No doubt you have heard copywriters and designers using a variety of lingo pertaining to fonts and typography. Serif versus San-Serif is the most common discussion, especially when combining font/type styles within a design project.
To help lessen the confusion let’s introduce some basics on the different font and typography definitions and provide some visual assistance.
Serif fonts and type, also known as Slab Serif or Egyptian, contain additional details (feet, loops, hooks) on the ends of the strokes. There are four groupings of serif type: old style, transitional, modern and slab serif.
Serif type is widely used in traditional printed material such as books and newspapers. Studies of on-screen (usually referred to as fonts) use are more ambiguous, suggesting that low screen resolutions make serif fonts more difficult to read and tiring the eyes.
It is believed that the serif type originated in the Roman Alphabet when lettering was painted and chiseled into stone for signage. Around the mid 1400’s printing was introduced bringing the handset blocks of type to Linotype systems using hot lead to create strips of type. This printing technology gave rise to new designs of typefaces. Today, the selection of serif typefaces number in the thousands.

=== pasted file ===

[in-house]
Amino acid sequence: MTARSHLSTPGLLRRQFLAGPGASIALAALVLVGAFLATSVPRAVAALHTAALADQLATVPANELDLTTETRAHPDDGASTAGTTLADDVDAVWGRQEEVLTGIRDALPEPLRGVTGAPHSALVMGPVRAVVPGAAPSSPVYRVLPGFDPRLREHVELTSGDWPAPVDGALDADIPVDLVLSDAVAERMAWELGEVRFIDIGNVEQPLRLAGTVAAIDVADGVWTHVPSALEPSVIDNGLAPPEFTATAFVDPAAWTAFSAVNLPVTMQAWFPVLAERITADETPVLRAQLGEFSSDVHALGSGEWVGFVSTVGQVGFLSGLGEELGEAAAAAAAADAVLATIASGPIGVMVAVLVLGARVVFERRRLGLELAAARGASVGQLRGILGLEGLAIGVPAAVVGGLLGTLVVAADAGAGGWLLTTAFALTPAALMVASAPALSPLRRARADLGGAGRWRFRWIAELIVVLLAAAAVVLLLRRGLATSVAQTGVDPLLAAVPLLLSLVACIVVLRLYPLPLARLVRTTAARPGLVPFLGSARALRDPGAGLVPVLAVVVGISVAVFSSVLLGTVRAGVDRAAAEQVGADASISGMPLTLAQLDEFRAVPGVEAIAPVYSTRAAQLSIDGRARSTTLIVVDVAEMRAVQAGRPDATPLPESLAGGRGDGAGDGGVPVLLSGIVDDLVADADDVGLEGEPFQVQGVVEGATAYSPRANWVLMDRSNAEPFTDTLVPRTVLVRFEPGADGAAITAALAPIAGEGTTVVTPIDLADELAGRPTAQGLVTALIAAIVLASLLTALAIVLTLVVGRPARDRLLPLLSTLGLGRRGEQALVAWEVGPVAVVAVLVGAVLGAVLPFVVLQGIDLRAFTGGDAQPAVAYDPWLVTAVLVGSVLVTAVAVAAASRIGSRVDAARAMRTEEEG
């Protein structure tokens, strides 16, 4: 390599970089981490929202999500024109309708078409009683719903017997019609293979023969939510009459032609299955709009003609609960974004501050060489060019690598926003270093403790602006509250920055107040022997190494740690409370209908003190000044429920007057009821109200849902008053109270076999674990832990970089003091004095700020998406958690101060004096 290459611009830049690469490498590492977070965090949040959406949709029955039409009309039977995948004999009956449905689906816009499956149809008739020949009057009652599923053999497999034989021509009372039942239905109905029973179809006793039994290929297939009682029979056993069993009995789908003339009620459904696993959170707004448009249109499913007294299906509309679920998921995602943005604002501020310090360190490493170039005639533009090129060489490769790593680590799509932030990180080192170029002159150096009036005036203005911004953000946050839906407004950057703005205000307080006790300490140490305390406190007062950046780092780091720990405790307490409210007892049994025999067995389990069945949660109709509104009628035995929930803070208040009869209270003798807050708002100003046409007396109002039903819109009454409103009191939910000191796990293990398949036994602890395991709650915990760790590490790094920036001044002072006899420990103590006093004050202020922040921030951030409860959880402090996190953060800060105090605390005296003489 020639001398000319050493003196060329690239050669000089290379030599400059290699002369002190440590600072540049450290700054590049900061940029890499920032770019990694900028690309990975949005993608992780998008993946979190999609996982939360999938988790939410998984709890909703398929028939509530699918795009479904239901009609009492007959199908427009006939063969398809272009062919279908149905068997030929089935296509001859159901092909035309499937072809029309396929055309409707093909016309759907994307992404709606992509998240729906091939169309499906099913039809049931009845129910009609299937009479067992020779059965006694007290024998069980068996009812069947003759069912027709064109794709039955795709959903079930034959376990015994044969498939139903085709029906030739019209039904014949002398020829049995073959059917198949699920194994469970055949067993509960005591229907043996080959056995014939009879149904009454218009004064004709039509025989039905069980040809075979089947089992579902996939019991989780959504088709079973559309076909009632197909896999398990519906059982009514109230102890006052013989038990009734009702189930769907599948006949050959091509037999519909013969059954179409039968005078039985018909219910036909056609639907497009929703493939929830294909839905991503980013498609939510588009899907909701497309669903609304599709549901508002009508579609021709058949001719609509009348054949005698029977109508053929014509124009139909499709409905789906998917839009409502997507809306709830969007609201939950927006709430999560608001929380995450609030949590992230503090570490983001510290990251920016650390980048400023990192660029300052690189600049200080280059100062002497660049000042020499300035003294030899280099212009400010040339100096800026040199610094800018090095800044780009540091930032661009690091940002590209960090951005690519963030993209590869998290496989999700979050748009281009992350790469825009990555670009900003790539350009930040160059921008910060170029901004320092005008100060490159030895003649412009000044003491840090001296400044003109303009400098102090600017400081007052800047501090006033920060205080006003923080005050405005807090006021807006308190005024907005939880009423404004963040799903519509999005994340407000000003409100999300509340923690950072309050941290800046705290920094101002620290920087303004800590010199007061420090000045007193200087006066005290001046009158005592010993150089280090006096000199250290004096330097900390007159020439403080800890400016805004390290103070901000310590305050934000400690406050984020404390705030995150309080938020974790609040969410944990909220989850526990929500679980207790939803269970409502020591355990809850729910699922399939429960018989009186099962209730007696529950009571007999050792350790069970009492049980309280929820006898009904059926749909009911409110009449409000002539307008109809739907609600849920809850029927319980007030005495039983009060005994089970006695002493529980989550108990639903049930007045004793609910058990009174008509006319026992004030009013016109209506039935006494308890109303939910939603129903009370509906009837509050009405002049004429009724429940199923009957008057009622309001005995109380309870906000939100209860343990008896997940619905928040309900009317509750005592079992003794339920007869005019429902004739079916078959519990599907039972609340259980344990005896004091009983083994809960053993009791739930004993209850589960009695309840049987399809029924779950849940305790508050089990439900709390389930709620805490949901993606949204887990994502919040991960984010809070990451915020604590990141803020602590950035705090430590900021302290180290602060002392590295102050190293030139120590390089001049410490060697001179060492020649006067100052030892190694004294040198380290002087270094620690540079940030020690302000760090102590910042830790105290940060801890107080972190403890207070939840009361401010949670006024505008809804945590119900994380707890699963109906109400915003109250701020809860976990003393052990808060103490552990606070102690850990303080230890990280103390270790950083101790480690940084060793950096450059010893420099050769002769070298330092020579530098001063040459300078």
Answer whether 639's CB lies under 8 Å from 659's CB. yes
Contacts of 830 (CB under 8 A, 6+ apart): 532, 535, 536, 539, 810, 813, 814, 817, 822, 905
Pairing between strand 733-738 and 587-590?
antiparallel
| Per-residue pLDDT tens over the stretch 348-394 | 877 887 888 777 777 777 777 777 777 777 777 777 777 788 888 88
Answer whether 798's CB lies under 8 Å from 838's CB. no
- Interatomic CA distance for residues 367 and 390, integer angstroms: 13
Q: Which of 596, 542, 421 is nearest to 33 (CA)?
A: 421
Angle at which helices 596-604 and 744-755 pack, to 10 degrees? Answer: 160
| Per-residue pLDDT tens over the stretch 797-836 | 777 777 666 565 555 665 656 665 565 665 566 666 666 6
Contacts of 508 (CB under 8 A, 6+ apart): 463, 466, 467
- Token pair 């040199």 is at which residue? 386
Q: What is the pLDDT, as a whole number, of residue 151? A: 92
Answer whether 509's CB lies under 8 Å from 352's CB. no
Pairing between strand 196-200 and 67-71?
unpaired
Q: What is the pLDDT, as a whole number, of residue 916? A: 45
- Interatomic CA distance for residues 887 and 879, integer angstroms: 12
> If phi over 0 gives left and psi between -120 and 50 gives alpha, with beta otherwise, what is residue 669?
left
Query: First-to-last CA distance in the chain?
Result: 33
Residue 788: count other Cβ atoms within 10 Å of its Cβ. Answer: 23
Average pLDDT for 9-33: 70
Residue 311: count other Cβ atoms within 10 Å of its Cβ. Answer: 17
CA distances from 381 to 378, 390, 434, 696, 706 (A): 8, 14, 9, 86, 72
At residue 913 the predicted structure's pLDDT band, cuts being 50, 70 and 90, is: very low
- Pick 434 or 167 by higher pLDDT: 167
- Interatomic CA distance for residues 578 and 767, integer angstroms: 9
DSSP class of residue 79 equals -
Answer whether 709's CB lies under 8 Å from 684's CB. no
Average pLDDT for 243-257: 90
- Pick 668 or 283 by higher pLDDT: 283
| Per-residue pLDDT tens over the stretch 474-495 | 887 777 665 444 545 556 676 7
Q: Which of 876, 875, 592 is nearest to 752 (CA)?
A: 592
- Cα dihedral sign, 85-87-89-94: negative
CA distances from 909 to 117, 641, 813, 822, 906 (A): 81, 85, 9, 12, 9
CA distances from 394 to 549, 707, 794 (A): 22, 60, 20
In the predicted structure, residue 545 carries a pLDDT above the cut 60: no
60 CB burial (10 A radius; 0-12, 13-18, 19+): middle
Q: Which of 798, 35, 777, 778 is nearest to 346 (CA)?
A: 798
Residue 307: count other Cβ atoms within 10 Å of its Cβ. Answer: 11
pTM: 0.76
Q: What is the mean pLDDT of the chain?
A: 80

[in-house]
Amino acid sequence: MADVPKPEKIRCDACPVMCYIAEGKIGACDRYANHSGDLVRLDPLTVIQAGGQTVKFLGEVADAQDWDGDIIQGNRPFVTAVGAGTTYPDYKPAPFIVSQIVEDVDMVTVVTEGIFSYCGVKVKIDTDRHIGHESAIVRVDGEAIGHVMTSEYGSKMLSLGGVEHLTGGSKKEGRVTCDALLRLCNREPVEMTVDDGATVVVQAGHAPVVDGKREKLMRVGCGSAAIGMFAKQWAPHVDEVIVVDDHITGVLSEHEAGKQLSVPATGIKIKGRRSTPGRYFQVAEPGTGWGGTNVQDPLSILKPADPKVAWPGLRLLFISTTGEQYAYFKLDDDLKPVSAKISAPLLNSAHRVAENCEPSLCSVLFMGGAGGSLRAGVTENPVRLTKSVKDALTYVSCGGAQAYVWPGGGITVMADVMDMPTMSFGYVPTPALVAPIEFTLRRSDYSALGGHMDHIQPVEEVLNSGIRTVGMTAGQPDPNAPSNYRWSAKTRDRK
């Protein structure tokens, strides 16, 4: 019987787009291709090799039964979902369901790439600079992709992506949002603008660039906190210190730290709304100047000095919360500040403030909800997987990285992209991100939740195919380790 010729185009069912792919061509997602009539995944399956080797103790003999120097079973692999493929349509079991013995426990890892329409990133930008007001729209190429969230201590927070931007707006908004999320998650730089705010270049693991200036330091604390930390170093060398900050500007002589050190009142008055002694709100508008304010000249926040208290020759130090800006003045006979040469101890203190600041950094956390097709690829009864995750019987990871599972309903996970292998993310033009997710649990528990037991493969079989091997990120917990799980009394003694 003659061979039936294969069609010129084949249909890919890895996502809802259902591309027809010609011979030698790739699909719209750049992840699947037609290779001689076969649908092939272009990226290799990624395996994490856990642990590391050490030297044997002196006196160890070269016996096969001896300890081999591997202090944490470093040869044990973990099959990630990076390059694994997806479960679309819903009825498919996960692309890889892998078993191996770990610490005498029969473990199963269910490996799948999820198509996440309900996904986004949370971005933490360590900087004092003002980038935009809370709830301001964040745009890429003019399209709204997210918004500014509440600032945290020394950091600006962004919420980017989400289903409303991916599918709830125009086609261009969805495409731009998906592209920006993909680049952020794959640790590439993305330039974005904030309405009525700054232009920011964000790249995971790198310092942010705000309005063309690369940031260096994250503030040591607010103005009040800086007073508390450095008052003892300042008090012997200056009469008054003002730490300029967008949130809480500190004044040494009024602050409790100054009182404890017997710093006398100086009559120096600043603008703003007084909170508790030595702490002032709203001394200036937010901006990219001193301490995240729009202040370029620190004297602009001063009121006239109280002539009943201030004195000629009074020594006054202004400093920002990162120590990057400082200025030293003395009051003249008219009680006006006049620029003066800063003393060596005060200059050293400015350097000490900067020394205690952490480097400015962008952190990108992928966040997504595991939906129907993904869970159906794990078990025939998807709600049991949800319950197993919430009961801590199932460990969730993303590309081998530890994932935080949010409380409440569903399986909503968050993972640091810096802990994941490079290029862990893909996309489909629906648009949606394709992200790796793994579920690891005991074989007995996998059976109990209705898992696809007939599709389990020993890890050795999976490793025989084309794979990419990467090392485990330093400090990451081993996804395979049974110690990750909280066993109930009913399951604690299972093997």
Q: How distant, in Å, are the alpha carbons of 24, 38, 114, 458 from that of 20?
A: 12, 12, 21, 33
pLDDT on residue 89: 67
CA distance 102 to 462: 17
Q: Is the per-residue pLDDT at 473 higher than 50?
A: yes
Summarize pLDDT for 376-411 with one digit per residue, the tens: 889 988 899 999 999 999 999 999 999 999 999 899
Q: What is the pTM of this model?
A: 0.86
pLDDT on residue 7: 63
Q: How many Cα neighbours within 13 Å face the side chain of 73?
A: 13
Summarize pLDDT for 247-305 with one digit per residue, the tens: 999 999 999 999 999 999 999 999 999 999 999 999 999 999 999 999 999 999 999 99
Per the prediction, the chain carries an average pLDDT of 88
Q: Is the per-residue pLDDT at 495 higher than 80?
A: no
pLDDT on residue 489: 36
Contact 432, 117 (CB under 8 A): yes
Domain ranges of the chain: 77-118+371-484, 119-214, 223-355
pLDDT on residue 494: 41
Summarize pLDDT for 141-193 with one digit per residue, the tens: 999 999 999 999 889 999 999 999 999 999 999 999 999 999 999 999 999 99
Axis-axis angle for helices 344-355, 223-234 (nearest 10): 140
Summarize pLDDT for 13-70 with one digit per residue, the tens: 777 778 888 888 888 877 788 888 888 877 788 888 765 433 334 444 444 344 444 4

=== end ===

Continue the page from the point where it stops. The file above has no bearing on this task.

The first example people think of for a serif font or type is Times New Roman. This is the standard default font for most word processing programs and desktop publishing programs. We have included a showcase of a variety of serif font and type styles…some you may recognize but were not familiar with their names.
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